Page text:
Authorities in New South Wales have announced they are seeking community feedback on the impact of the 2018 reforms that limited the number of gaming machines in the state.
Australia.- The New South Wales Independent Liquor & Gaming Authority’s (ILGA) will analyse the impact of the gaming machine reforms introduced in 2018. It has called on the public and interested stakeholders to give their views to help shape future policy directions.
Regulatory reforms introduced in 2018 limited the number of gaming machines allowed in high-risk areas, introduced tools to reduce the harm of gambling, and made comprehensive reforms to the local impact assessment plan that regulates so-called ‘pokies’.
The reform also introduced a scheme for small clubs and hotels to lease their Gaming Machine Entitlements to other clubs and hotels, allowing them to go “pokies-free” while staying economically viable.
The consultation will close on Friday September 10, 2021.
The New South Wales government is currently analysing a proposal to transfer licences from poor-performing machines in other areas of the state to the Star Sydney. There are currently 96,000 poker machines across 4,000 venues in New South Wales. Star has 1,500 in its venue in Prymont.
John Tansey, Executive Director Policy & Strategy for Better Regulation Division, said: “The NSW Government is keen to hear from the community, so we are conducting a survey to help inform our evaluation. We will also be inviting venue operators with GMEs to complete a separate online survey.“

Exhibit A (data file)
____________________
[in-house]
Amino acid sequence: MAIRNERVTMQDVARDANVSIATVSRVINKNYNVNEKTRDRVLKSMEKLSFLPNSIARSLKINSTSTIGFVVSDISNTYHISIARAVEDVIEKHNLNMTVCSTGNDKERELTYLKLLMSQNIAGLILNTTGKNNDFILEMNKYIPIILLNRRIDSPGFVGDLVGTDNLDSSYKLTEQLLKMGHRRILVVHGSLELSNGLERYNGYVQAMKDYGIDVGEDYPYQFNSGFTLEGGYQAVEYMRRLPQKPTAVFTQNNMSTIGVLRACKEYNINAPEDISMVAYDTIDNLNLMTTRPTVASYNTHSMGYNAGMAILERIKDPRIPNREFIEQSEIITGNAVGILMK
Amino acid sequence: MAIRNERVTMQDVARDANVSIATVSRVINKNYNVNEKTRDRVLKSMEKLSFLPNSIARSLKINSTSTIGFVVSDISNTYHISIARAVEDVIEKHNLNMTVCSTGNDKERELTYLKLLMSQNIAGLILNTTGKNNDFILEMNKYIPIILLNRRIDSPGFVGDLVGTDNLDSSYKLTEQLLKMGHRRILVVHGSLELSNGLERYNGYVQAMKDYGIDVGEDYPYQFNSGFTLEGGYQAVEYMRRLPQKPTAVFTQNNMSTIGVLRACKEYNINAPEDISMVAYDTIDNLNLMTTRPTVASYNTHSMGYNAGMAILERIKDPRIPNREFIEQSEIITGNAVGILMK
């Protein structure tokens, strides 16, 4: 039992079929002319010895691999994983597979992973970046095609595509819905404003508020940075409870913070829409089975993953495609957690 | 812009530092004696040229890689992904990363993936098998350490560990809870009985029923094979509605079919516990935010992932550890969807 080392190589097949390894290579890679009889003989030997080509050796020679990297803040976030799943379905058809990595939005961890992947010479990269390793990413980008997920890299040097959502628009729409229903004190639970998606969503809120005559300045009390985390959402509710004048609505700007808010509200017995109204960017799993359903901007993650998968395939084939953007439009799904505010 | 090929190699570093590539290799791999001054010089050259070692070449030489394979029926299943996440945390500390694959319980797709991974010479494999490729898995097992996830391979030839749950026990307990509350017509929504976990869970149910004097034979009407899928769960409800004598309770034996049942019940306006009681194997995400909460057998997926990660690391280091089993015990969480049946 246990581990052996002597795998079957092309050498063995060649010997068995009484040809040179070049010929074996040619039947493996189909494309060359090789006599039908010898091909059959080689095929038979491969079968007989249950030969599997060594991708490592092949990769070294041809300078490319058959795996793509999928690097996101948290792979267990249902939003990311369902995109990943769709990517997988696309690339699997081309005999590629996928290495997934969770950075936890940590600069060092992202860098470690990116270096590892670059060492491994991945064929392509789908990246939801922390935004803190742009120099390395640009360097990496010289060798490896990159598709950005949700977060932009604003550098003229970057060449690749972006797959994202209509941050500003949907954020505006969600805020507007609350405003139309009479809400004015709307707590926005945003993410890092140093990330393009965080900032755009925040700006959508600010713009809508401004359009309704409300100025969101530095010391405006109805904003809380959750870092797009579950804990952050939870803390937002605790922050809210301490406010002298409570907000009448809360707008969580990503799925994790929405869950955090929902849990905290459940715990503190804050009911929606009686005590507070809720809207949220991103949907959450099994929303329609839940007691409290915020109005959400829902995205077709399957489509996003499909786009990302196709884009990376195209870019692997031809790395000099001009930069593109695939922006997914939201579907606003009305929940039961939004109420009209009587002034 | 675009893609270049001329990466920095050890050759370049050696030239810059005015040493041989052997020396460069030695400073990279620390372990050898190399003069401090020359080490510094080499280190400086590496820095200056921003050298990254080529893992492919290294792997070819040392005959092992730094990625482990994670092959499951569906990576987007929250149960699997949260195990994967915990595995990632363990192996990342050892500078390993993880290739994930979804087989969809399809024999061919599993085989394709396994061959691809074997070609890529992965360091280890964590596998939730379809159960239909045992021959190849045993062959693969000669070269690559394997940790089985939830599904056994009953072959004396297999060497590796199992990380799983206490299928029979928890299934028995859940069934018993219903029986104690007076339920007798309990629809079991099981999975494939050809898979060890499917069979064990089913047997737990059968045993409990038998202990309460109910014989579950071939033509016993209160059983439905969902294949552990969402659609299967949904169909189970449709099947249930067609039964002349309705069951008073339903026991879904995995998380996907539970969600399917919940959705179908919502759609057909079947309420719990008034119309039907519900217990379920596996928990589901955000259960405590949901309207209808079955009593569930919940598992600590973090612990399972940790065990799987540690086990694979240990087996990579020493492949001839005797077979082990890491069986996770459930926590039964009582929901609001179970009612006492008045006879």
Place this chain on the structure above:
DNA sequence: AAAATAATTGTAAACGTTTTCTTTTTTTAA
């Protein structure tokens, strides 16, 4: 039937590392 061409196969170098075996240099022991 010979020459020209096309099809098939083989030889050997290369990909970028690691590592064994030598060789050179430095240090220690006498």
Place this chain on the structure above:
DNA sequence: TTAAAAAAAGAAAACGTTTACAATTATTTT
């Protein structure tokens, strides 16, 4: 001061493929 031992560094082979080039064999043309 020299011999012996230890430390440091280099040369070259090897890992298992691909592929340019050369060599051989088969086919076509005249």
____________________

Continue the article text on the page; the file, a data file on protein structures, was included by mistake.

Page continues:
NSW to test digital gaming wallets during last quarter
Authorities expect to launch their first trial of highly anticipated digital gaming wallets by the end of the year. Tests will take place in the final quarter at Wests Group Australia’s New Lambton venue, in Newcastle.
The government thinks digital gaming wallets could help people with gambling problems and prevent money laundering crimes. Players will have to obtain a prepaid gambling card to gamble.
Australia’s gaming industry has started to move in the direction of cashless gaming after the New South Wales Independent Liquor & Gaming Authority’s (ILGA) inquiry into Crown Resorts found the operator to be unsuitable to hold a licence for its new casino in Barangaroo.